Thursday, April 2, 2009

Goose Eggs!

One look at this photo and I am sure your mouth has hit the floor! What you are viewing is the comparison of a goose egg (obviously, the larger one) with a large chicken egg, with my hands in the background to provide some size reference! I know! The first time one of my geese laid an egg, my reaction was, "THAT came out of HER!!!!!!" I couldn't believe it! Ouch!

Those of you who have read my earlier posts will already be familiar with my two female domestic geese named Sydney and Phoenix. If this is your first view of my blog, of course, I would love it if you would back up a few posts and read about them. But, if you don't have a chance to right now, just read along and I will catch you up!

Syd, the Chinese goose, started laying first, in November. At that point, I didn't know if the geese were male or female. When she became fixated about lying under my central air unit's stand I suspected she was nesting. Sure enough, her first time out, she presented me with two beautiful eggs (yes, she laid two at once) and, obviously, I knew she was a girl. Geese typically will lay every other day, and she settled into this pattern right away. It was short-lived, however. After Sydney laid her fourth egg, somehow -- like finding the proverbial needle in the haystack -- she found a nail in my yard and swallowed it! At first, I didn't know that's what happened. I just knew that something was wrong because she wasn't herself; she literally didn't want to move. Talk about guilt, thinking I had my yard so well goose-proofed! It actually was a very old nail and had been there, hiding in the grass, for quite some time.

To make a long story short, I credit a wonderful vet -- Dr. Herbert Hulls of Pet Care Veterinary Hospital, in Virginia Beach, Virginia -- with saving her life. An x-ray showed that the nail had literally impaled her gizzard. This was actually a stroke of luck because the gizzard is such a solid organ and is the size of a fist in a goose. It could have ripped so many things on the way down, but miraculously, it didn't! Listen to this: as Dr. Hulls was discussing options with me, Syd walked over to where I was sitting AND PUT HER HEAD IN MY LAP!!!! It was as if she was saying to me, "Please, please give me a chance!" Of course, I did! Who says that animals are stupid -- not me!

A five-inch incision later, Syd survived the surgery. I have the nail in a jar for posterity! Since her feathers needed to be shaved away, she had to board at the vet's for two months because it was now cold. If you have ever seen a raw duck breast, that is what the area looked like! Even though I live in the South, our winters can still be quite chilly. She wouldn't have been able to regulate her body temperature once her "down coat" was stripped away.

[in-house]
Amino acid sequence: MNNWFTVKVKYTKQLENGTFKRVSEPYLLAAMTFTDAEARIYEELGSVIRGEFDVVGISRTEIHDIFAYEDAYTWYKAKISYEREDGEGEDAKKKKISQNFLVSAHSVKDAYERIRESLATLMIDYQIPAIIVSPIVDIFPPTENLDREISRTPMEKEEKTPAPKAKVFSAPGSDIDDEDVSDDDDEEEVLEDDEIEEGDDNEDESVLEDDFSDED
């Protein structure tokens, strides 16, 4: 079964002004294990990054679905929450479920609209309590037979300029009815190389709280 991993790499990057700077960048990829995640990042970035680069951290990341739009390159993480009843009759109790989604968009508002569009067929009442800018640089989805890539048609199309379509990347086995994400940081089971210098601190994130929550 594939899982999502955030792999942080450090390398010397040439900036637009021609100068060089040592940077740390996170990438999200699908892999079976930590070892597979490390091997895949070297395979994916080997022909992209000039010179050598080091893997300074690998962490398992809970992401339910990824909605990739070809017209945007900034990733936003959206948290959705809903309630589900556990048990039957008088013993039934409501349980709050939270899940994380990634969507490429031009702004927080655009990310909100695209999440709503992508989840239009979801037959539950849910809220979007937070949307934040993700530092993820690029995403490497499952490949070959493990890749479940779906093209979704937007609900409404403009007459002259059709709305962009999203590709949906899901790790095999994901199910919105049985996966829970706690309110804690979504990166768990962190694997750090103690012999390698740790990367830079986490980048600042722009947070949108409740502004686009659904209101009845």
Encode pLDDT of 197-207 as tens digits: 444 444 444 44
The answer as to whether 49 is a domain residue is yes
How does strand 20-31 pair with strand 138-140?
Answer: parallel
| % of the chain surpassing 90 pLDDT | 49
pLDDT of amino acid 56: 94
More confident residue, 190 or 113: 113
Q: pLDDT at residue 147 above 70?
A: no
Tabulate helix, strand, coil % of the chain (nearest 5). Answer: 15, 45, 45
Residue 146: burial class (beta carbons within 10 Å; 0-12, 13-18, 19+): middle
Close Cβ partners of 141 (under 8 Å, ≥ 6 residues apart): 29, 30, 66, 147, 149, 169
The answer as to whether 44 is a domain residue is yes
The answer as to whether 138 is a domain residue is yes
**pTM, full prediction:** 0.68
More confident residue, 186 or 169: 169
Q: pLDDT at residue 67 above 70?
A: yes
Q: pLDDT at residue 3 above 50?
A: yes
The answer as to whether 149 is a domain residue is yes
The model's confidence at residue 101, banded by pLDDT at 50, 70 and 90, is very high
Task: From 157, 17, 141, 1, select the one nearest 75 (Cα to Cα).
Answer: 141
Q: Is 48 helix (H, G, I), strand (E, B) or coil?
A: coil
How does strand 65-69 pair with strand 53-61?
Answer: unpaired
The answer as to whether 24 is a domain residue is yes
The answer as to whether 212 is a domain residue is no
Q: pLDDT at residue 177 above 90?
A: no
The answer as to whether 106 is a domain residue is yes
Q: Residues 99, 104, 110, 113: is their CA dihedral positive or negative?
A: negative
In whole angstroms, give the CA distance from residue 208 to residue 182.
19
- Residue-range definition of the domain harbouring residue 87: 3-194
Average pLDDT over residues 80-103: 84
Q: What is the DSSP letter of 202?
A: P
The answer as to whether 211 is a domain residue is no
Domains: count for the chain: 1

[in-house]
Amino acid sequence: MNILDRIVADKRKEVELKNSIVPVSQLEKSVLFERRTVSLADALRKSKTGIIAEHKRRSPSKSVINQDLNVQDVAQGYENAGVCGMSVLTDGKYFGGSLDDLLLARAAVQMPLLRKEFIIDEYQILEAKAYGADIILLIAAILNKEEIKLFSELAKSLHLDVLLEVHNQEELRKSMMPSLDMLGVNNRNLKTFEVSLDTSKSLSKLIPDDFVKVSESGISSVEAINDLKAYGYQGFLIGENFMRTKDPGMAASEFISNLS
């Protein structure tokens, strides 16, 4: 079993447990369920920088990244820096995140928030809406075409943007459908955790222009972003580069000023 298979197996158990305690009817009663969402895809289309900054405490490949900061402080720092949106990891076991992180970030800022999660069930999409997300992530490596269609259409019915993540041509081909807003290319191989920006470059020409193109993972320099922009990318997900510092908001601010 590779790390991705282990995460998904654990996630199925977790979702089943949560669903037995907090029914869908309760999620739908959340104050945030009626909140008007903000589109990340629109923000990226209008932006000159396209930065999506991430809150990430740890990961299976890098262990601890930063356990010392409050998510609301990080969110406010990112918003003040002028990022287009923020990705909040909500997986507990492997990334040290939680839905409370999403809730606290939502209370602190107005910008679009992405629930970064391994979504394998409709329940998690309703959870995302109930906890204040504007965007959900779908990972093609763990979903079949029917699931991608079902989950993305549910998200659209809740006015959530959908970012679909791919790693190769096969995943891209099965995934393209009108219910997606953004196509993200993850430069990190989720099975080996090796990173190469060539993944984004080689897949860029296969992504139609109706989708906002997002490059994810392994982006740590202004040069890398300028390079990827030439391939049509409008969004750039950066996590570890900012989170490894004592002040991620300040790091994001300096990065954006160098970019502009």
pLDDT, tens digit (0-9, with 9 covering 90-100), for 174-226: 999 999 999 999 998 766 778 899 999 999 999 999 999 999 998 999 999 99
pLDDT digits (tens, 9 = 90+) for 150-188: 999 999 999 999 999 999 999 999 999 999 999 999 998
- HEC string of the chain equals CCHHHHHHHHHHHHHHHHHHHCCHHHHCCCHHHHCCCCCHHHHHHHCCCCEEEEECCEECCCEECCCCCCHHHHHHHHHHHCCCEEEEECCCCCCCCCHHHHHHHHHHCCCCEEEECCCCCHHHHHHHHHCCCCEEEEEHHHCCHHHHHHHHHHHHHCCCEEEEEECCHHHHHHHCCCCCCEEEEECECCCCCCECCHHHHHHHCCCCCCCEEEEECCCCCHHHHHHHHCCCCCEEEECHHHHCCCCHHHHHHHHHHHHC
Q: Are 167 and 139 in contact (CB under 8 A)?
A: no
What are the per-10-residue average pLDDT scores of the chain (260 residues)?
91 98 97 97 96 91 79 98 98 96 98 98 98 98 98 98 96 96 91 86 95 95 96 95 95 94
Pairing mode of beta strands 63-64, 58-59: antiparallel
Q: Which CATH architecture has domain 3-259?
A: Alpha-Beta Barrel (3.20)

Her antics at the vet's are very humorous and will undoubtedly be the subject of another post! (A preview: she actually was bold enough to chase and "goose" a Rhodesian Ridgeback! You know, those dogs who hunt lions! It ran from her!).

Sydney resumed laying a few weeks later while still hospitalized. Back to Phoenix, the African goose: I always thought she was a girl, but when she didn't lay right away, I began to think I was mistaken. Not to worry: when I noticed that her hind end looked fuller, something I noticed right before Sydney started laying, I began to reconsider. Sure enough, in late December, she laid her first eggs -- two at first, just like Syd.

Since that time, Phoenix has been Ms. Consistent and has laid an egg every other day. Syd has been a bit more sporadic in her laying habits, which I suspect has something to do with all she has been through.

Now, about the eggs! They are just gorgeous! In another post, I will crack an egg open and show you their "inner" beauty (I am still unsure how to post more than one photo on my blog template). Unfortunately, while I am not allergic to eggs, I am a bit sensitive to them, digestively. I love omelets, but when made with goose eggs...well, let's just say they didn't agree with me. They are just so incredibly rich! However, if I regularly add them into my cooking or baking, happily, I am fine. My neighbor Lu and her boyfriend Art are addicted to them and I have enjoyed sharing my surplus with them. A breakfast of steak and goose eggs is their hands-down favorite! My dogs and cats also love them. The shells are composted for use in my garden.

So, tell me what you think! What was your reaction when you saw that goose egg??? Oh, and by the way, now you know why I refer to Sydney as "The World's Most Expensive Goose"!

Show all



  1. I love this story. I am glad you helped save your goose. Lots of folks would not have done that.
    When you upload a pic in your blogger post area, right above the one that is thinking after uploading, there should be a new box for browse in the general vicinity. You can go ahead and browse for then next picture. Mine will actually post all of the pictures at the top of the post but others who use blogger don't seem to have this problem. I can upload pics, you're on your own for spreading them thoughout the post. :D
    PS- you can email me if that was clear as mud.

  2. Hugh! From what I hear they taste much better- and geese are supposed to be great at eating slugs, something I need in my garden! Happy spring!

  3. Opps! I meant huge! Thanks for stopping by my blog today. I wanted to tell you, if you don't have room indoors for a light set up head on over to for a great idea for you! I plan on trying the idea this winter- hope this helps!

  4. I have 3 lovely African geese, no idea if they are male or female they all 3 look just alike and same size, carbon copys. I found this HUGE egg today, I also have Pekin ducks who lay really big eggs but only in spring a summer. this one I found is 3 1/2 inches long. Could it be a goose egg ?